By Layne Alfred, Marketing Associate
The Industrial Internet of Things (IIoT) has not only gained popularity but is becoming a requirement to compete in the industrial space due to the real-time communication it enables between devices and the infrastructure of the business.
To enable real-time communication, manufacturing facilities need a way to connect their “things” to the Internet. Many industrial companies opt for EtherNet/IP due to its speed, ease of integration and widespread adoption and support. According to ODVA, “EtherNet/IP is the only industrial Ethernet network that is proven, complete and ready for the Industrial Internet of Things.”
However, the concern that keeps emerging from companies with plans to implement IIoT communications is that it may not be secure from external, unauthorized entities. EtherNet/IP on its own is not designed with built-in security capabilities. To address these concerns, ODVA developed CIP Security for EtherNet/IP.
What is CIP Security?
CIP Security is an additional protocol layer that runs over the EtherNet/IP stack. Since it is a protocol layer stack like EtherNet/IP, it facilitates a secure communication between I/O devices on the production floor. The goal of CIP Security software is to create a safe and secure transport of information over EtherNet/IP networks.
A self-defending CIP-connected device can:
- Verify Integrity; Reject altered data
- Verify Authenticity; Reject messages sent by untrusted people or devices
- Verify Authorization; Reject messages that request actions that are not allowed
CIP Security will require the device to authenticate all endpoints involved in the transport and ensure that the message was sent by the correct originator and was not modified in transit. CIP Security will also provide the option to encrypt messages for added security when needed.
Why is CIP Security Important?
In the past, manufacturers have implemented security in the form of a multi-layer architecture, but “as attackers become more sophisticated, it becomes more important for the CIP-connected device — the final layer of defense — to defend itself” (ODVA).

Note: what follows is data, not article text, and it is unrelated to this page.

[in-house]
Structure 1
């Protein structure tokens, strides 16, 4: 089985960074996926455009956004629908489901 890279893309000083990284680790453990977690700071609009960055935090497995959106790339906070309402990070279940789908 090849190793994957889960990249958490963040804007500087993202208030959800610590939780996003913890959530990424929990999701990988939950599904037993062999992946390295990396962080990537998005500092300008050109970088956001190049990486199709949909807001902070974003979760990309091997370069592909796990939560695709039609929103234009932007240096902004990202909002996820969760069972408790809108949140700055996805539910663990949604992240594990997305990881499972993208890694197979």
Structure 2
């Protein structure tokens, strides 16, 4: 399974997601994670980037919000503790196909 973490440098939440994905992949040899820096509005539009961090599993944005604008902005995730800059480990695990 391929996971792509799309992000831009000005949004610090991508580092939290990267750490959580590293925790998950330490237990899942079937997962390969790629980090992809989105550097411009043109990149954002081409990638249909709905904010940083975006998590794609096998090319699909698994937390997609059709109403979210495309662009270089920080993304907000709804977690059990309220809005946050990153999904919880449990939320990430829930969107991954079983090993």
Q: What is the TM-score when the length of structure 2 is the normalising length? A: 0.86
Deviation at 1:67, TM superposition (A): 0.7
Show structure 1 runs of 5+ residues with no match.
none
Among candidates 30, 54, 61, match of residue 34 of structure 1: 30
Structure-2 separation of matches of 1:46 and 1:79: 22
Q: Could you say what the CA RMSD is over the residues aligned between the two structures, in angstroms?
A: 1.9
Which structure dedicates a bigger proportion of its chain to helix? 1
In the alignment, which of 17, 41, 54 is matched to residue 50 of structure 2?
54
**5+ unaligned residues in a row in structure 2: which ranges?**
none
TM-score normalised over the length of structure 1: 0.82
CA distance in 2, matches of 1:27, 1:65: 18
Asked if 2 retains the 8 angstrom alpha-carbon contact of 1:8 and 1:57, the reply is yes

Not only are hackers’ strategies becoming more elaborate, but it turns out that many are specifically targeting manufacturing environments. According to CBS News, “While online thieves have long targeted banks for digital holdups, today’s just-in-time manufacturing sector is climbing toward the top of hackers’ hit lists.” One of the reasons factories are being commonly targeted as opposed to other large businesses is the potential damage that can be done. With heavy duty equipment and large production batches, there are endless ways for a hacker to wreak havoc on a factory such as stopping production, controlling devices in a way that is hazardous to employees, causing product defects and more.
“These people who try to hack into your network know you have a set schedule. And they know hours are meaningful to what you’re doing,” John Peterson, Information Technology Officer at Toyota, said in an interview with CBS News. “There’s only a day and a half of inventory in the entire supply chain. And so, if we don’t make our product in time, that means Toyota doesn’t make their product in time, which means they don’t have a car to sell on the lot that next day. It’s that tight.”
With this knowledge, hackers know that they can easily demand ransoms due to the desperation of resuming production and the safety of employees. This is why it is crucial to ensure your communications are secure.
As more and more manufacturers begin to develop CIP Security-certified devices and applications, we are excited to see what new innovations arise from an environment that does not have to worry about hackers and can give their full attention to production and efficiency.
To continue learning about EtherNet/IP, check out the following resources.
About the Author: When I’m not creating content, I love sweating in the yoga studio, performing with my band and experiencing new things with my friends and family.